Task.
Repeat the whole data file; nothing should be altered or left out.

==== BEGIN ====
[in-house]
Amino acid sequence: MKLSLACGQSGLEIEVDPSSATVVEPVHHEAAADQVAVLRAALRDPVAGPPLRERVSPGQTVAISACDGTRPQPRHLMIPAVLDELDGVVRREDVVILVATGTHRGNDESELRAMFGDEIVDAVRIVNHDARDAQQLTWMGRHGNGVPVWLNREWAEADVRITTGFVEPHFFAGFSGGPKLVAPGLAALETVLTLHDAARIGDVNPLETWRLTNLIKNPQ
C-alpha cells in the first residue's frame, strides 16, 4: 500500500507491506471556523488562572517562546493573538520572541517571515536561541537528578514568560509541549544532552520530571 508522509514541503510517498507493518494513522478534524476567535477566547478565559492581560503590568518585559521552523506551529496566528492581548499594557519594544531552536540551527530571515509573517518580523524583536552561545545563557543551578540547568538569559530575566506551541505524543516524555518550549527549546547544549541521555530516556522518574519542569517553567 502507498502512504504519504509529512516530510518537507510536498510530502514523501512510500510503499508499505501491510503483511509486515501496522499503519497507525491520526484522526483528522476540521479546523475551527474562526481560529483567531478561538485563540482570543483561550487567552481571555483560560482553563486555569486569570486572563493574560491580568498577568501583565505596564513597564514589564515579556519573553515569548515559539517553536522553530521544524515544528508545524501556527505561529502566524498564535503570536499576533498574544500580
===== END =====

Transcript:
[in-house]
Amino acid sequence: MKLSLACGQSGLEIEVDPSSATVVEPVHHEAAADQVAVLRAALRDPVAGPPLRERVSPGQTVAISACDGTRPQPRHLMIPAVLDELDGVVRREDVVILVATGTHRGNDESELRAMFGDEIVDAVRIVNHDARDAQQLTWMGRHGNGVPVWLNREWAEADVRITTGFVEPHFFAGFSGGPKLVAPGLAALETVLTLHDAARIGDVNPLETWRLTNLIKNPQ
C-alpha cells in the first residue's frame, strides 16, 4: 500500500507491506471556523488562572517562546493573538520572541517571515536561541537528578514568560509541549544532552520530571 508522509514541503510517498507493518494513522478534524476567535477566547478565559492581560503590568518585559521552523506551529496566528492581548499594557519594544531552536540551527530571515509573517518580523524583536552561545545563557543551578540547568538569559530575566506551541505524543516524555518550549527549546547544549541521555530516556522518574519542569517553567 502507498502512504504519504509529512516530510518537507510536498510530502514523501512510500510503499508499505501491510503483511509486515501496522499503519497507525491520526484522526483528522476540521479546523475551527474562526481560529483567531478561538485563540482570543483561550487567552481571555483560560482553563486555569486569570486572563493574560491580568498577568501583565505596564513597564514589564515579556519573553515569548515559539517553536522553530521544524515544528508545524501556527505561529502566524498564535503570536499576533498574544500580